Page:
Weekly Homily from Fr Jim Hogan, 16th Sunday in Ordinary Time, July 17, 2016

•Genesis 18:1-10a • Colossians 1:24-28 • Luke 10:38-42•

Weekly Scripture Readings:16th Sunday in Ordinary Time

In May of this year I had the opportunity to travel extensively in the North African country of Morocco.  It was an amazing trip in an exotic, Islamic country.  Our group had the opportunity to visit four families in their homes and an additional three Bedouin families in their tents. In each visit we were warmly welcomed.  One of those visits really impressed me.  In the Sahara Desert we visited Omar, his wife and three small children. Their life style is very simple.  As in the other visits, Omar’s wife immediately prepared and served us mint tea.  Conversations were informative and often sprinkled with laughter.
 
I was thinking of those experiences as I studied today’s text from Luke’s gospel. Luke is the only Gospel writer to preserve this story of Martha and Mary. From Luke’s description it appears this was the first time Jesus met the sisters.  In a totally different context John informs us they were the sisters of Lazarus.
 
We are not told how this relationship developed.  It seems Jesus loved these two sisters and their brother very much. 
 
During the short span of his public ministry, many among the Hebrew people were attracted to Jesus because of his teaching and his life style.  As that community grew he invited some to follow him.  The written gospels refer to them as “disciples.”  From among them a smaller inner circle emerged known as “the Twelve.” 
 
Apparently “the Twelve” accepted his itinerant lifestyle and accompanied him as he moved from village to village.  They often did not know where they would be staying at night.  They relied on the hospitality of people, like Martha and Mary, to provide food and shelter for the night. A German scholar refers to those such as Martha and Mary as “resident adherents.”  Apparently  there were many such “resident adherents. Those who provided such hospitality probably became the bases of the Jesus movement.
 
There are many levels of good news in this text.  In our culture today a common greeting is “I bet you are really busy.”   We all can learn from Mary.  In her we see the need to set aside our “busyness” in order to silence our deepest self and listen. Our culture has a strong tendency to narcissism.  We all can learn from Martha.  In her we are reminded that it is in serving others, openly giving self to others, that we experience God with us.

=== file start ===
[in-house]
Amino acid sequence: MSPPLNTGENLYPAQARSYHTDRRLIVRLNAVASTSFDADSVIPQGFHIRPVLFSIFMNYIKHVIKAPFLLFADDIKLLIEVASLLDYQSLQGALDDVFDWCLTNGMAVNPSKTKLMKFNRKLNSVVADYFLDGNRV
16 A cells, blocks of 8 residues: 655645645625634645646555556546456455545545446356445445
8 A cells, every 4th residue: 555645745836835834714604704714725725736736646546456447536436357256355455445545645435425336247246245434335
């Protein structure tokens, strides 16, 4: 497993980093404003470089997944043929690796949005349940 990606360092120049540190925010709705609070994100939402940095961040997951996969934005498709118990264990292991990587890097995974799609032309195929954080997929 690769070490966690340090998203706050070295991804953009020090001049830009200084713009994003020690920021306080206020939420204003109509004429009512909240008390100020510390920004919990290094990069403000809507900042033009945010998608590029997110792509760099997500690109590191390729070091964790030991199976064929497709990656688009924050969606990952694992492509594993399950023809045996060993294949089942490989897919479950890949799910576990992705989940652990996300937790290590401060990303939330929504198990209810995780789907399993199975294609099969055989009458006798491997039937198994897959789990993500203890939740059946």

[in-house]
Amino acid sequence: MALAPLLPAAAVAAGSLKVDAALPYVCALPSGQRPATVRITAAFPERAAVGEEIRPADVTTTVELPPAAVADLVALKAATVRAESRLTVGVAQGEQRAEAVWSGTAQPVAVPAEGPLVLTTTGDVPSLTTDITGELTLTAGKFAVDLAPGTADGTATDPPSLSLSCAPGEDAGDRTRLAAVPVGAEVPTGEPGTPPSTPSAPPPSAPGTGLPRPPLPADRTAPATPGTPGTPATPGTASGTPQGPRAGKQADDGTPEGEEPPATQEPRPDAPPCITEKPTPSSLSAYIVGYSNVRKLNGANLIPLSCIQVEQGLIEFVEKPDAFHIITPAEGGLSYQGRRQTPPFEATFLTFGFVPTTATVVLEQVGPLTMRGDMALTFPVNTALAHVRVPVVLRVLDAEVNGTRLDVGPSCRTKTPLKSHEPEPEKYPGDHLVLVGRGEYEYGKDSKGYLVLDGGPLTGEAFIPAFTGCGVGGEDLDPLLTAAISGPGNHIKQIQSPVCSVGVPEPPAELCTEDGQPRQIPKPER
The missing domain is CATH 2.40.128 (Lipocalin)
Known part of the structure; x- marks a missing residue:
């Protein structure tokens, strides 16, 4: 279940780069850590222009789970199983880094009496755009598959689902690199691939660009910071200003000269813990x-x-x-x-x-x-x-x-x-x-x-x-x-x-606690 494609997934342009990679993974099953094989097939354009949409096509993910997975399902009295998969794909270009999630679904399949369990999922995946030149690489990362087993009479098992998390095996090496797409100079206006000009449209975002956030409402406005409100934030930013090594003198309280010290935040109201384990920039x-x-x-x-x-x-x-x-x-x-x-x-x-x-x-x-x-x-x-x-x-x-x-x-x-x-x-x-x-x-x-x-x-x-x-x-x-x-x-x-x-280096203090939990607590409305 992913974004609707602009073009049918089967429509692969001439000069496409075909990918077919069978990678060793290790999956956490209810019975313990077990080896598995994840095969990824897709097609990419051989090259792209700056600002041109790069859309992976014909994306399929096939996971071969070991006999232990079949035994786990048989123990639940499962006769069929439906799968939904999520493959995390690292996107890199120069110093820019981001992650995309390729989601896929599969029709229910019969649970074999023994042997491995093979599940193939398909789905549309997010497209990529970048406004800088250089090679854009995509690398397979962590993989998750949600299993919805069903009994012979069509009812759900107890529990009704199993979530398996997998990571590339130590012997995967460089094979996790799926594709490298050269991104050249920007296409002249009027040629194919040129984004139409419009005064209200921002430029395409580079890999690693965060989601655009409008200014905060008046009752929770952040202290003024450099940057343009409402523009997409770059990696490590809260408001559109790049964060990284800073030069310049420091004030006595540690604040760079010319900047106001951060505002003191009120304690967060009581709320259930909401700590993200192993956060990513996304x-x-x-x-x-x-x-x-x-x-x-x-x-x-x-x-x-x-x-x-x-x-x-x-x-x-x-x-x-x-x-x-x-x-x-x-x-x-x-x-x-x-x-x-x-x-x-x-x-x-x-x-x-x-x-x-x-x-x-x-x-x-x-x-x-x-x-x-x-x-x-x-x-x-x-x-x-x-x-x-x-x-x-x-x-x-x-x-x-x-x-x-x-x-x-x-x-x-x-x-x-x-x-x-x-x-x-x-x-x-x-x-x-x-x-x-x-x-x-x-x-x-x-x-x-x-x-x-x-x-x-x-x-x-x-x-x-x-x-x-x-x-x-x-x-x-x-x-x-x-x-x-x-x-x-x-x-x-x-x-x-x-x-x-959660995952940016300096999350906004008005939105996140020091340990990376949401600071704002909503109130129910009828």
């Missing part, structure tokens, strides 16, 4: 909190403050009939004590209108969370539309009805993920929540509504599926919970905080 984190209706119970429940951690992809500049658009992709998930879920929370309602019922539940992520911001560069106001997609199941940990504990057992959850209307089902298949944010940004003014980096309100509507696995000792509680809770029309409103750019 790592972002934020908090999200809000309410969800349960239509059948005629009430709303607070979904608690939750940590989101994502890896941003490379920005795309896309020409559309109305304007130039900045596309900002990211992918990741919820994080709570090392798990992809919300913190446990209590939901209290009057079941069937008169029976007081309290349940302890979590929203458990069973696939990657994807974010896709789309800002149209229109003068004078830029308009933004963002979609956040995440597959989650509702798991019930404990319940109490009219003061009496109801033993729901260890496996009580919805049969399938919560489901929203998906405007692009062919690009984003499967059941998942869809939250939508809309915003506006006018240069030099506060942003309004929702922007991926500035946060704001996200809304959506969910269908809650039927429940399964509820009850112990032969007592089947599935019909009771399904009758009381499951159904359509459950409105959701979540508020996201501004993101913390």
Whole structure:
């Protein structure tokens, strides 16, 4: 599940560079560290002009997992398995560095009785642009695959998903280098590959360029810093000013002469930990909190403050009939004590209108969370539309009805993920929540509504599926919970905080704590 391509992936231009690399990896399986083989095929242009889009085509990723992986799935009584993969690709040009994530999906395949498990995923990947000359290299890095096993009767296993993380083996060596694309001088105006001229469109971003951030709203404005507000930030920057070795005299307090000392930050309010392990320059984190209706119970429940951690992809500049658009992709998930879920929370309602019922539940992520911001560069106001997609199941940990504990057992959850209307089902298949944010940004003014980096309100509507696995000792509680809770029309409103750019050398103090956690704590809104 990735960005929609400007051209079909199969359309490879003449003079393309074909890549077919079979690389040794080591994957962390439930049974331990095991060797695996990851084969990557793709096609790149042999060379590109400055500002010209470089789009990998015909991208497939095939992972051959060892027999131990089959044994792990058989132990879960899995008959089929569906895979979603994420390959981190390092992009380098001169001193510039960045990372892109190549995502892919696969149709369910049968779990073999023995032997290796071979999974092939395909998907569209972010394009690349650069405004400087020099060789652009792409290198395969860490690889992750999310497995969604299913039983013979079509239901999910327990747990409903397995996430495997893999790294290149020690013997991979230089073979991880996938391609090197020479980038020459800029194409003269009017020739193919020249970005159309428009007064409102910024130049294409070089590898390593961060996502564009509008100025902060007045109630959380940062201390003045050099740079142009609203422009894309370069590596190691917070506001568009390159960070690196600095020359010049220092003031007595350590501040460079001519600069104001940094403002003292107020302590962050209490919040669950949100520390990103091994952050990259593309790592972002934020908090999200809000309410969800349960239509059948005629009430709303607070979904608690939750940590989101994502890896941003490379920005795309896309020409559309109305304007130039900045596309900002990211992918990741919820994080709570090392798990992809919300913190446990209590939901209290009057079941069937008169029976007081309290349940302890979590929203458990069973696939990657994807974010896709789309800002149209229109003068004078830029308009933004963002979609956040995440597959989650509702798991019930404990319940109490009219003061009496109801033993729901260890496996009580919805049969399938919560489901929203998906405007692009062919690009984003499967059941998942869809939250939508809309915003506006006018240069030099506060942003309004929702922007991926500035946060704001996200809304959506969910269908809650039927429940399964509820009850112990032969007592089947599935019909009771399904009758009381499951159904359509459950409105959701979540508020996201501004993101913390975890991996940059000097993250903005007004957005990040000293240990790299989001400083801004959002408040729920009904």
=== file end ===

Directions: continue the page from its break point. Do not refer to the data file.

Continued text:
Perhaps the most significant lesson I have learned in the 55 years of my ordained life is that breaking bread, in Eucharist or in shared meals, is an experience of communion.  Our meals can be truly sacramental – signs and experiences of God with us.  That is possible and happens when we openly give our whole self to the others and openly receive the other.
 
That is why, even now in Senior Status I continue to offer hospitality to as many people as I can. Since moving into my residence six and a-half years ago, I welcomed 5151 people for liturgy, simple gatherings or a meal.  Doing so requires me to be fully present and generous to whoever comes through the door.  It also drains my energy and at the end of April I began to think the whole meal deal is too much.
 
Then in May I was given the grace of warm hospitality from the people of Morocco.  In July I have been pondering and listening to this Martha and Mary story.  Then while writing this homily I have reconsidered my own ministry of hospitality.
 
I treasure my memories of Omar and his wife in the Sahara Desert.  I know the simplicity of their life-style and the amount of time and effort required of them to extend warm hospitality to total strangers requires a lot from them.  I know that it is in serving others, openly giving self to others, that we experience God with us.  Thank you Omar.  Thank you Martha and Mary.  I feel a fresh call to continue inviting people to share life around the table in my residence.
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